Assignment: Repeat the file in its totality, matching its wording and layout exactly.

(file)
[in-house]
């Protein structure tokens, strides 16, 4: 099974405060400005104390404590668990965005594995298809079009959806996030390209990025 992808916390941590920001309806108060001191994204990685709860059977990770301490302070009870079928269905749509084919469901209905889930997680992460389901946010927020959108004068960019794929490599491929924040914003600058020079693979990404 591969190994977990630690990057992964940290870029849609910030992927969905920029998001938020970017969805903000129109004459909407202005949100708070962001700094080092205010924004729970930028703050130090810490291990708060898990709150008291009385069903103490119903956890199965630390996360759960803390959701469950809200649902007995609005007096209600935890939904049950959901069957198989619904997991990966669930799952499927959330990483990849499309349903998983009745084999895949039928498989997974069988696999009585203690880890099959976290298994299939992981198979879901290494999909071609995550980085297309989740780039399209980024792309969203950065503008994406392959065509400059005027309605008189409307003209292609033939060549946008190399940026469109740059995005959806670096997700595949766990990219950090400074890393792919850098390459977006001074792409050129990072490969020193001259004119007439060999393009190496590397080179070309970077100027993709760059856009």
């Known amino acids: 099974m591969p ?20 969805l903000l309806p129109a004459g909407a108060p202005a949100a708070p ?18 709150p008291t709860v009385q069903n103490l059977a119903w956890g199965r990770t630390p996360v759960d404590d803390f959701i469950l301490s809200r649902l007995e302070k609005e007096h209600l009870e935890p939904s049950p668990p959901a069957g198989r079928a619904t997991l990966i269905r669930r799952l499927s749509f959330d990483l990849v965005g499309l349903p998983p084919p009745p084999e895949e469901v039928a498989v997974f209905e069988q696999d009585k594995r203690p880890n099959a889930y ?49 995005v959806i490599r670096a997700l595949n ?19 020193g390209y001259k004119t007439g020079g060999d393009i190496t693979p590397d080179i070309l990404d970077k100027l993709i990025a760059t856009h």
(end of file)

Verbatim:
[in-house]
């Protein structure tokens, strides 16, 4: 099974405060400005104390404590668990965005594995298809079009959806996030390209990025 992808916390941590920001309806108060001191994204990685709860059977990770301490302070009870079928269905749509084919469901209905889930997680992460389901946010927020959108004068960019794929490599491929924040914003600058020079693979990404 591969190994977990630690990057992964940290870029849609910030992927969905920029998001938020970017969805903000129109004459909407202005949100708070962001700094080092205010924004729970930028703050130090810490291990708060898990709150008291009385069903103490119903956890199965630390996360759960803390959701469950809200649902007995609005007096209600935890939904049950959901069957198989619904997991990966669930799952499927959330990483990849499309349903998983009745084999895949039928498989997974069988696999009585203690880890099959976290298994299939992981198979879901290494999909071609995550980085297309989740780039399209980024792309969203950065503008994406392959065509400059005027309605008189409307003209292609033939060549946008190399940026469109740059995005959806670096997700595949766990990219950090400074890393792919850098390459977006001074792409050129990072490969020193001259004119007439060999393009190496590397080179070309970077100027993709760059856009």
């Known amino acids: 099974m591969p ?20 969805l903000l309806p129109a004459g909407a108060p202005a949100a708070p ?18 709150p008291t709860v009385q069903n103490l059977a119903w956890g199965r990770t630390p996360v759960d404590d803390f959701i469950l301490s809200r649902l007995e302070k609005e007096h209600l009870e935890p939904s049950p668990p959901a069957g198989r079928a619904t997991l990966i269905r669930r799952l499927s749509f959330d990483l990849v965005g499309l349903p998983p084919p009745p084999e895949e469901v039928a498989v997974f209905e069988q696999d009585k594995r203690p880890n099959a889930y ?49 995005v959806i490599r670096a997700l595949n ?19 020193g390209y001259k004119t007439g020079g060999d393009i190496t693979p590397d080179i070309l990404d970077k100027l993709i990025a760059t856009h």